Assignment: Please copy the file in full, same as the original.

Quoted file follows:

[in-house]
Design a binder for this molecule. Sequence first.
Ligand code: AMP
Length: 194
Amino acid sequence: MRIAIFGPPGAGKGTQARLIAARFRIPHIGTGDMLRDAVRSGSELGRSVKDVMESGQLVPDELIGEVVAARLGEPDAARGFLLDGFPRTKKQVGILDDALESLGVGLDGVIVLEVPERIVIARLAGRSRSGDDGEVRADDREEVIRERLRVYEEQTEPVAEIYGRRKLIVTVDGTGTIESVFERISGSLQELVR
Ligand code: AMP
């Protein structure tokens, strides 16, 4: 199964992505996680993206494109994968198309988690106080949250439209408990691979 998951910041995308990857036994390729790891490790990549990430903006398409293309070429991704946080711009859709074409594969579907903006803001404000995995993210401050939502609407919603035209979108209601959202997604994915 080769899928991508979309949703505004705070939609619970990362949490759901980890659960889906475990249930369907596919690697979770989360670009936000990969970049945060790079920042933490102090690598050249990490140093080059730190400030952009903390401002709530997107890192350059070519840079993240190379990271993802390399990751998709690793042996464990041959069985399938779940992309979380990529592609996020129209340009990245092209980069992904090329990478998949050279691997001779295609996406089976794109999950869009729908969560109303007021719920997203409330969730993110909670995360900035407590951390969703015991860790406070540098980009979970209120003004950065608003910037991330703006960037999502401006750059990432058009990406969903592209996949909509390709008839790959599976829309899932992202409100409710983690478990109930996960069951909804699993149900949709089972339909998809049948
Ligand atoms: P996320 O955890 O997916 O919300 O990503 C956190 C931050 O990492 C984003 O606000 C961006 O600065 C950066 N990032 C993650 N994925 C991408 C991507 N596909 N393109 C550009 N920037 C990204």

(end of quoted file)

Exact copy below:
[in-house]
Design a binder for this molecule. Sequence first.
Ligand code: AMP
Length: 194
Amino acid sequence: MRIAIFGPPGAGKGTQARLIAARFRIPHIGTGDMLRDAVRSGSELGRSVKDVMESGQLVPDELIGEVVAARLGEPDAARGFLLDGFPRTKKQVGILDDALESLGVGLDGVIVLEVPERIVIARLAGRSRSGDDGEVRADDREEVIRERLRVYEEQTEPVAEIYGRRKLIVTVDGTGTIESVFERISGSLQELVR
Ligand code: AMP
């Protein structure tokens, strides 16, 4: 199964992505996680993206494109994968198309988690106080949250439209408990691979 998951910041995308990857036994390729790891490790990549990430903006398409293309070429991704946080711009859709074409594969579907903006803001404000995995993210401050939502609407919603035209979108209601959202997604994915 080769899928991508979309949703505004705070939609619970990362949490759901980890659960889906475990249930369907596919690697979770989360670009936000990969970049945060790079920042933490102090690598050249990490140093080059730190400030952009903390401002709530997107890192350059070519840079993240190379990271993802390399990751998709690793042996464990041959069985399938779940992309979380990529592609996020129209340009990245092209980069992904090329990478998949050279691997001779295609996406089976794109999950869009729908969560109303007021719920997203409330969730993110909670995360900035407590951390969703015991860790406070540098980009979970209120003004950065608003910037991330703006960037999502401006750059990432058009990406969903592209996949909509390709008839790959599976829309899932992202409100409710983690478990109930996960069951909804699993149900949709089972339909998809049948
Ligand atoms: P996320 O955890 O997916 O919300 O990503 C956190 C931050 O990492 C984003 O606000 C961006 O600065 C950066 N990032 C993650 N994925 C991408 C991507 N596909 N393109 C550009 N920037 C990204």